AHDB potatoes

About Potato Council

Potato Council is a division of the Agriculture & Horticulture Development Board, and is committed to supporting the British potato industry.

It is established via the Agriculture and Horticulture Development Board Order 2008.

For further information see Explanatory Document relating to the Potato Sector (2.1MB)
See also Current levy rates.

For detailed information about Potato Council activities, please refer to the Corporate Plan.


Potato Council is delivering applied research projects and knowledge transfer that will benefit levy payers by improving competitiveness and the sustainability of the industry.

Business Improvement
The Potato Council business-improvement programme helps you compare your potato crop confidentially with similar enterprises. It will also gauge how your production costs and business performance fare against the sector’s upper quartile performance.

Crop Nutrition
Various levy funded projects that examined fertiliser use and uptake by potato crops have identified where potential savings can be made by matching application with true fertiliser requirement.

Energy underpins almost every commercial activity either directly or indirectly, and potato production is no exception. Energy-intensive activities are becoming increasingly visible as prices increase. These pages will be updated frequently with information to help you rise above these rapid changes in costs.

Gardeners Guidance
Potato Council has recognised the need to provide gardeners with information to ensure that all crops, whether they are grown in allotments and gardens or commercially, are healthy.

Grower Collaboration
Putting research into practice. Take a research result from a conventional research establishment, recruit a high profile grower relevant to subject to undertake a commercial scale trial to evaluate a “Modified” practice against the growers “Conventional” practice. A report of the trial would be produced by the research establishment and successes disseminated to Industry.

Harvesting & Bruising
Help minimise bruising and cut losses to the industry by helping everyone involved in the production and handling of potatoes. Fourteen risk assessment advice sheets are available covering the agronomic factors that can influence a crop's susceptibility to bruising.

Harvester settings guides are a quick reference source of practical information for harvester operators.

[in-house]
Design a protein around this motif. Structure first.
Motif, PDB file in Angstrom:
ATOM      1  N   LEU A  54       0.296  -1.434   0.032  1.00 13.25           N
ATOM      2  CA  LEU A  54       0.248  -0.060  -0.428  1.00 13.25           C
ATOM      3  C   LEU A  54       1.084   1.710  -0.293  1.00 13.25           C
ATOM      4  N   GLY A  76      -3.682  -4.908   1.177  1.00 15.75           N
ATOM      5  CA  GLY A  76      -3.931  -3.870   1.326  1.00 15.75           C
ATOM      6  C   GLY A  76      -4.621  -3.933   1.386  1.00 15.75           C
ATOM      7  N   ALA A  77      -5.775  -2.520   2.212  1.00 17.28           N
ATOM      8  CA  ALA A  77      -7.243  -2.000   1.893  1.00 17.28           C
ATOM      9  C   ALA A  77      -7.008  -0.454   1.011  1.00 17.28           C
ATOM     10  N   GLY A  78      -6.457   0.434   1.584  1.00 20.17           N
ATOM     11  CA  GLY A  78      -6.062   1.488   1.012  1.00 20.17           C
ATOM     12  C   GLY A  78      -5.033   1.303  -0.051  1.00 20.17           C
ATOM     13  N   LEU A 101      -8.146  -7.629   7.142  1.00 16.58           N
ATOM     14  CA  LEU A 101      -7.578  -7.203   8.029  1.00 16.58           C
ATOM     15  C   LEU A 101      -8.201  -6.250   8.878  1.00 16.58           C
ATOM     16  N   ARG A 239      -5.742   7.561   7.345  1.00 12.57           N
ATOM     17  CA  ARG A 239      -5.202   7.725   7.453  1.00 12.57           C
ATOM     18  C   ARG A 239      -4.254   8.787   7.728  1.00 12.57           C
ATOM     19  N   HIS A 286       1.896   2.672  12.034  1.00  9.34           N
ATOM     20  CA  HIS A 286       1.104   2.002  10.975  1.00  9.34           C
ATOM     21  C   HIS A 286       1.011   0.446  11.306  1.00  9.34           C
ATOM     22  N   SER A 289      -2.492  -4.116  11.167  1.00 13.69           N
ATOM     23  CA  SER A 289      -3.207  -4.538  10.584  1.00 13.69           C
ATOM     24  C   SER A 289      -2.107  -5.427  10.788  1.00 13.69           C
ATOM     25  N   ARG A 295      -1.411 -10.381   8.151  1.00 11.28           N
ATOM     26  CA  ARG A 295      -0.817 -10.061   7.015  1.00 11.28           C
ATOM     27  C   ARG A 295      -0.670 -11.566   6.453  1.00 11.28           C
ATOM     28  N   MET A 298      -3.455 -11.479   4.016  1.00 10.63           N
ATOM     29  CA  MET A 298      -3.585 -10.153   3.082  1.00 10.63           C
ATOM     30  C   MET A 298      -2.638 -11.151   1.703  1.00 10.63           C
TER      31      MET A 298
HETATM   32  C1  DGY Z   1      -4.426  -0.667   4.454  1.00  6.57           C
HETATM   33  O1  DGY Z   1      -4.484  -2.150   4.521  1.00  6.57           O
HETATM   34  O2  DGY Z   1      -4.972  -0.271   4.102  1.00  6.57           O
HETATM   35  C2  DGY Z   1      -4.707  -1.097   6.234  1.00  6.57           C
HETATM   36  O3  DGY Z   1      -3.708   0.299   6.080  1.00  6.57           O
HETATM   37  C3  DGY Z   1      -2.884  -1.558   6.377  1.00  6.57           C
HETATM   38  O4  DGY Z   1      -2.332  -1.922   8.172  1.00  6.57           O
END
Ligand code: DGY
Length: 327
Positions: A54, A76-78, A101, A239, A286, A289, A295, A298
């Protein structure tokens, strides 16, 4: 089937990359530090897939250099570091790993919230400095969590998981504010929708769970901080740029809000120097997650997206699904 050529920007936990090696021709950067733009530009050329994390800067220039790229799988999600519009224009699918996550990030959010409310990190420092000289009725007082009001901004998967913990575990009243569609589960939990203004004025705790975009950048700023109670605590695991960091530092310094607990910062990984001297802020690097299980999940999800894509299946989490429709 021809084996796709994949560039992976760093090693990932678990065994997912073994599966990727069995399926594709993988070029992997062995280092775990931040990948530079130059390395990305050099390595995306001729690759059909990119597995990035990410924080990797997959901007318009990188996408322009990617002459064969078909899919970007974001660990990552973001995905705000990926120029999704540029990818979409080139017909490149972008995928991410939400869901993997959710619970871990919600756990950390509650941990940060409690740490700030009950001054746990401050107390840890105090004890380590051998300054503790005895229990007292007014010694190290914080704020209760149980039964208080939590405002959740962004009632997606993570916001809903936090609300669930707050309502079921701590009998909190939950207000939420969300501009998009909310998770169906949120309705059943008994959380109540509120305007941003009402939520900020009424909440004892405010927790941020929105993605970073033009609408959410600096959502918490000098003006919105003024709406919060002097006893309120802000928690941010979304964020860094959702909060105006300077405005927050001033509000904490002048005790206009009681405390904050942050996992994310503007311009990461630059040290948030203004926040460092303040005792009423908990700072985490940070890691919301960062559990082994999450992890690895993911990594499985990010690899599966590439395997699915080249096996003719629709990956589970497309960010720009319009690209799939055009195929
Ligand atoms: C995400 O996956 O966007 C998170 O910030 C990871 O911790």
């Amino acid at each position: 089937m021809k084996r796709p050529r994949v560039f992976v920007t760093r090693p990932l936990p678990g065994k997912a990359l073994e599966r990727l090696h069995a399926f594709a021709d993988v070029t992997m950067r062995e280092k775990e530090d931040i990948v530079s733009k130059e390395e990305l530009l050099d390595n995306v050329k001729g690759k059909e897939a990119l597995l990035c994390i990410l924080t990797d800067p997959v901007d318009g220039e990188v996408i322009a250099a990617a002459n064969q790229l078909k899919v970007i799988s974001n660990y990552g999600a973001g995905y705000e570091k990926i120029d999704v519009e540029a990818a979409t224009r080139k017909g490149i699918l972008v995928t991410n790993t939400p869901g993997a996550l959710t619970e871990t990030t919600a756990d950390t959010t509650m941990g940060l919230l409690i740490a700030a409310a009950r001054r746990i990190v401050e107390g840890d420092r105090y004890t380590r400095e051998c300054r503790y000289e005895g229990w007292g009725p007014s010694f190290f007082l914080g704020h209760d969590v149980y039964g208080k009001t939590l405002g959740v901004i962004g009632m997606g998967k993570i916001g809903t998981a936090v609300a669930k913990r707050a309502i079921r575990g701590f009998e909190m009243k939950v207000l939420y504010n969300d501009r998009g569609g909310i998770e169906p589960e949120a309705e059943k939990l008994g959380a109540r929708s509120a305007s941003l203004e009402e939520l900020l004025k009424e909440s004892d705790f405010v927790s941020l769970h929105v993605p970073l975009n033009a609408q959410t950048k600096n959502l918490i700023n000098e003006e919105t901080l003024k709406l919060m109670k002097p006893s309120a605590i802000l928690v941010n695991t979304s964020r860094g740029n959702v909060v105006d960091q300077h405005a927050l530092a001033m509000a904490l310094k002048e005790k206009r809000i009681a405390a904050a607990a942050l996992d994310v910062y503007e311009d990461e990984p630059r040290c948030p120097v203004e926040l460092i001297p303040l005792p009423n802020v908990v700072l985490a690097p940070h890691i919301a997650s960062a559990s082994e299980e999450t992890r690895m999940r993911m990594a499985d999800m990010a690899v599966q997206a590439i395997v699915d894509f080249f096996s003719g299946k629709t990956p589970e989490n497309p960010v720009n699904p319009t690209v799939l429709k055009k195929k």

Health & Safety
PCL have developed a modular training programme for the Industry to train staff in procedures to ensure a safe working environment, whilst emphasising product quality and the correct use of machinery within operations that are regarded as high risk.

Plant Health
Plant health remains a particular concern to the potato industry and will continue to be a focus for activity with sections covering areas such as Aphid & Viruses, Blight, Dickeya, PCN, Pest & Diseases, Root Knot Nematode, Safe Haven Seed, Levy payer numbers for trace-back.

contains links to information and resources that are designed to be useful for you whether producing, marketing or sourcing quality seed potatoes.

Potato Council Soil page contains information on managing soil for potato production providing publications, practical guides, research reports and latest news.

Potato Council is developing a response to the Sustainability Agenda and we would be very interested to hear your views.

Potato Council Water page contains information on managing water usage for potato production providing links to information on Drought and Flooding, Water Framework Directive, Water Abstraction, Reservoirs, publications, practical guides, research reports and latest news.


Potato Council
Agriculture and Horticulture Development Board
Stoneleigh Park

T: 0247 669 2051
E: [email protected]
W: www.ahdb.org.uk

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Potato Council conference tackles key industry concerns

The recent Seed Industry Event held in Crieff on 25 November 2014 did not shy away from discussing some of the top concerns that our industry has. PCN, blackleg and aphid-borne viruses were all ‘must-attend’ sessions planned into the high-level industry programme months in advance.

Dr Rob Clayton, Director of Potato Council welcomed over 150 growers, agronomists and plant health experts to the biennial conference, highlighting the broader ‘seed to ware’ focus this year covering issues that affect the wider supply chain, such as processing, retail, food service and storage.

“This fast-paced event takes place in what we know to be a depressed market at the moment. Today provides our industry with the opportunity to discuss commercial, technical and strategic issues with our peers at the highest level,” Dr Clayton said.